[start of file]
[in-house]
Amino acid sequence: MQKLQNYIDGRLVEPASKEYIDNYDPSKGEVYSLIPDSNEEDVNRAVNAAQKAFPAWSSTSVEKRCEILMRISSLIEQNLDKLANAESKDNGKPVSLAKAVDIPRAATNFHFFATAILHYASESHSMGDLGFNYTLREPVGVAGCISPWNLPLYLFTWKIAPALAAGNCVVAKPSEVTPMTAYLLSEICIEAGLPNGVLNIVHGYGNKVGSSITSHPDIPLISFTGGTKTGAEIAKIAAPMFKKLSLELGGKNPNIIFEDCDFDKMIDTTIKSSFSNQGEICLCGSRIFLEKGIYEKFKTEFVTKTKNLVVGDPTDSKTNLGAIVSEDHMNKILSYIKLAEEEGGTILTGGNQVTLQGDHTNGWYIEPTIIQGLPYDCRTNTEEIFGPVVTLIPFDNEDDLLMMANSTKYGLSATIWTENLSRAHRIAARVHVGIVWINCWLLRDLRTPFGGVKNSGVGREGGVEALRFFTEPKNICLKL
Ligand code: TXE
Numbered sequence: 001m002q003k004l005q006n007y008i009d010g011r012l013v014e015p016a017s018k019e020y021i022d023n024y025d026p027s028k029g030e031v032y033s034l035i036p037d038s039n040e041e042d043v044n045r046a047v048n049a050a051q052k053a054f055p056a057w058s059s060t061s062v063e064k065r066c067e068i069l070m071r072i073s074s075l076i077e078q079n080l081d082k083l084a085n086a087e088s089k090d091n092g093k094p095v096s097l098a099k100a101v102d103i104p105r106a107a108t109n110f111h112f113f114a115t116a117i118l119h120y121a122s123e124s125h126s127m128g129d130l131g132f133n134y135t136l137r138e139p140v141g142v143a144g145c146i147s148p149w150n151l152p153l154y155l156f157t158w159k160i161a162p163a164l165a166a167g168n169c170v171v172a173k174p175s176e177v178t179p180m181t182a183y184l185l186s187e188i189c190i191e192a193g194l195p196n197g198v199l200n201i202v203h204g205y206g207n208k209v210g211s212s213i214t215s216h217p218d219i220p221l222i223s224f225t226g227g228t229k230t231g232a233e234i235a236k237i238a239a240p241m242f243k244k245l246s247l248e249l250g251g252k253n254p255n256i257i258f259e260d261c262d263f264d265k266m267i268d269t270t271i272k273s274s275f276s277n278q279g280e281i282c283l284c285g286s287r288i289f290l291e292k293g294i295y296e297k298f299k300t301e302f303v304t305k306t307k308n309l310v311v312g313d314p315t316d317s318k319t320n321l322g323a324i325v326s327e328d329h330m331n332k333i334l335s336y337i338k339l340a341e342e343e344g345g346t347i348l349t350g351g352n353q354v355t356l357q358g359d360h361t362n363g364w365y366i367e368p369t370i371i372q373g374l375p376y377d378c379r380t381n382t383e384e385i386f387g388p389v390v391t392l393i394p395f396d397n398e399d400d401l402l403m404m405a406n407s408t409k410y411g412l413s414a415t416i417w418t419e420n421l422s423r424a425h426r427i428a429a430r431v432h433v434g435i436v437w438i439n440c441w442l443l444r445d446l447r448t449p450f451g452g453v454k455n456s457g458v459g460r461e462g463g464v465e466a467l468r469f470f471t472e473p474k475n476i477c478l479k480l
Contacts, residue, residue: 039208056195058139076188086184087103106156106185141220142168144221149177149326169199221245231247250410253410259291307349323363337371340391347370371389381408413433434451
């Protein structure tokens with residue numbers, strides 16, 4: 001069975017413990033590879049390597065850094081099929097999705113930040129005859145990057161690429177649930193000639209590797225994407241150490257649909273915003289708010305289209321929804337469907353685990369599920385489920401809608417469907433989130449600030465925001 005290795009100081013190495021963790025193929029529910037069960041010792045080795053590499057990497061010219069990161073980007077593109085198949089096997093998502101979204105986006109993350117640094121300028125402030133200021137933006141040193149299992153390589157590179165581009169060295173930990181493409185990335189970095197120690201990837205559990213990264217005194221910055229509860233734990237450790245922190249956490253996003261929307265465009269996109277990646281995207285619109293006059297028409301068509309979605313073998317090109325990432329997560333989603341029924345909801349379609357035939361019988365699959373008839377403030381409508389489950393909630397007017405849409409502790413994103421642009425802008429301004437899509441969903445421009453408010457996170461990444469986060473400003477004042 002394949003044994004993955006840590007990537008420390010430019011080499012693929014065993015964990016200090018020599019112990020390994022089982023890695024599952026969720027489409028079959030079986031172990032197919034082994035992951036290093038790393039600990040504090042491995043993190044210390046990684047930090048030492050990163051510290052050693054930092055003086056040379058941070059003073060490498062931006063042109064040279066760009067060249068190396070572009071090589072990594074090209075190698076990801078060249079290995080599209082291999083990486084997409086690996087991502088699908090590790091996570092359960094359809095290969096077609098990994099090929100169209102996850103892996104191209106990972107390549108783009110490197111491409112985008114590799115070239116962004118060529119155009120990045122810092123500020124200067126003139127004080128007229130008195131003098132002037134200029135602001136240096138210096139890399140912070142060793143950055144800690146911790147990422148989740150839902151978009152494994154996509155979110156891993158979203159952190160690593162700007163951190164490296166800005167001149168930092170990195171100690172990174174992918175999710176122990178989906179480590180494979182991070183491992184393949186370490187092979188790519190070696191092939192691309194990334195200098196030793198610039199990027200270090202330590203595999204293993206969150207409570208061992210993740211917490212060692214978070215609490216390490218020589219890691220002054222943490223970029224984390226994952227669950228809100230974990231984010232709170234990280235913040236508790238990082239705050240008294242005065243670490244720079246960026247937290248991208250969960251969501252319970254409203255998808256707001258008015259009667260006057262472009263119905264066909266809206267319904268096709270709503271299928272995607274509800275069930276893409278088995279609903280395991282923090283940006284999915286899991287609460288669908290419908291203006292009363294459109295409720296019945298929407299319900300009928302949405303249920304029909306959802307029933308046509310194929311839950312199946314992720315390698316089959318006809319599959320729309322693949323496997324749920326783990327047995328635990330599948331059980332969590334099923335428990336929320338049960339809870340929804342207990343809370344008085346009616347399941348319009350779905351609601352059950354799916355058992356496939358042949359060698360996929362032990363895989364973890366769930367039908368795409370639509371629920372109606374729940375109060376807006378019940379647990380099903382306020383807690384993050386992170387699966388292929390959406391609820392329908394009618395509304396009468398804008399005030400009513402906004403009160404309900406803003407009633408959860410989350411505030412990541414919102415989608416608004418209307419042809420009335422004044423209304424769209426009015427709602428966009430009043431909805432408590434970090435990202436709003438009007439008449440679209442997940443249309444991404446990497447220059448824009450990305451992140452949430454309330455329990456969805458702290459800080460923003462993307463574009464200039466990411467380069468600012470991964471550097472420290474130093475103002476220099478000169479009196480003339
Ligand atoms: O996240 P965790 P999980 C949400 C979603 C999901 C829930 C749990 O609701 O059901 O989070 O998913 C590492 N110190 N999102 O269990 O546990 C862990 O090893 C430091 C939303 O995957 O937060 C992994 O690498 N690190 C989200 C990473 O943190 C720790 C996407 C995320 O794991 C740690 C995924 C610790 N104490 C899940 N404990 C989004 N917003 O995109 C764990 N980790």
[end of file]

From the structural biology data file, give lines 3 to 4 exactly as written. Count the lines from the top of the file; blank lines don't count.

Ligand code: TXE
Numbered sequence: 001m002q003k004l005q006n007y008i009d010g011r012l013v014e015p016a017s018k019e020y021i022d023n024y025d026p027s028k029g030e031v032y033s034l035i036p037d038s039n040e041e042d043v044n045r046a047v048n049a050a051q052k053a054f055p056a057w058s059s060t061s062v063e064k065r066c067e068i069l070m071r072i073s074s075l076i077e078q079n080l081d082k083l084a085n086a087e088s089k090d091n092g093k094p095v096s097l098a099k100a101v102d103i104p105r106a107a108t109n110f111h112f113f114a115t116a117i118l119h120y121a122s123e124s125h126s127m128g129d130l131g132f133n134y135t136l137r138e139p140v141g142v143a144g145c146i147s148p149w150n151l152p153l154y155l156f157t158w159k160i161a162p163a164l165a166a167g168n169c170v171v172a173k174p175s176e177v178t179p180m181t182a183y184l185l186s187e188i189c190i191e192a193g194l195p196n197g198v199l200n201i202v203h204g205y206g207n208k209v210g211s212s213i214t215s216h217p218d219i220p221l222i223s224f225t226g227g228t229k230t231g232a233e234i235a236k237i238a239a240p241m242f243k244k245l246s247l248e249l250g251g252k253n254p255n256i257i258f259e260d261c262d263f264d265k266m267i268d269t270t271i272k273s274s275f276s277n278q279g280e281i282c283l284c285g286s287r288i289f290l291e292k293g294i295y296e297k298f299k300t301e302f303v304t305k306t307k308n309l310v311v312g313d314p315t316d317s318k319t320n321l322g323a324i325v326s327e328d329h330m331n332k333i334l335s336y337i338k339l340a341e342e343e344g345g346t347i348l349t350g351g352n353q354v355t356l357q358g359d360h361t362n363g364w365y366i367e368p369t370i371i372q373g374l375p376y377d378c379r380t381n382t383e384e385i386f387g388p389v390v391t392l393i394p395f396d397n398e399d400d401l402l403m404m405a406n407s408t409k410y411g412l413s414a415t416i417w418t419e420n421l422s423r424a425h426r427i428a429a430r431v432h433v434g435i436v437w438i439n440c441w442l443l444r445d446l447r448t449p450f451g452g453v454k455n456s457g458v459g460r461e462g463g464v465e466a467l468r469f470f471t472e473p474k475n476i477c478l479k480l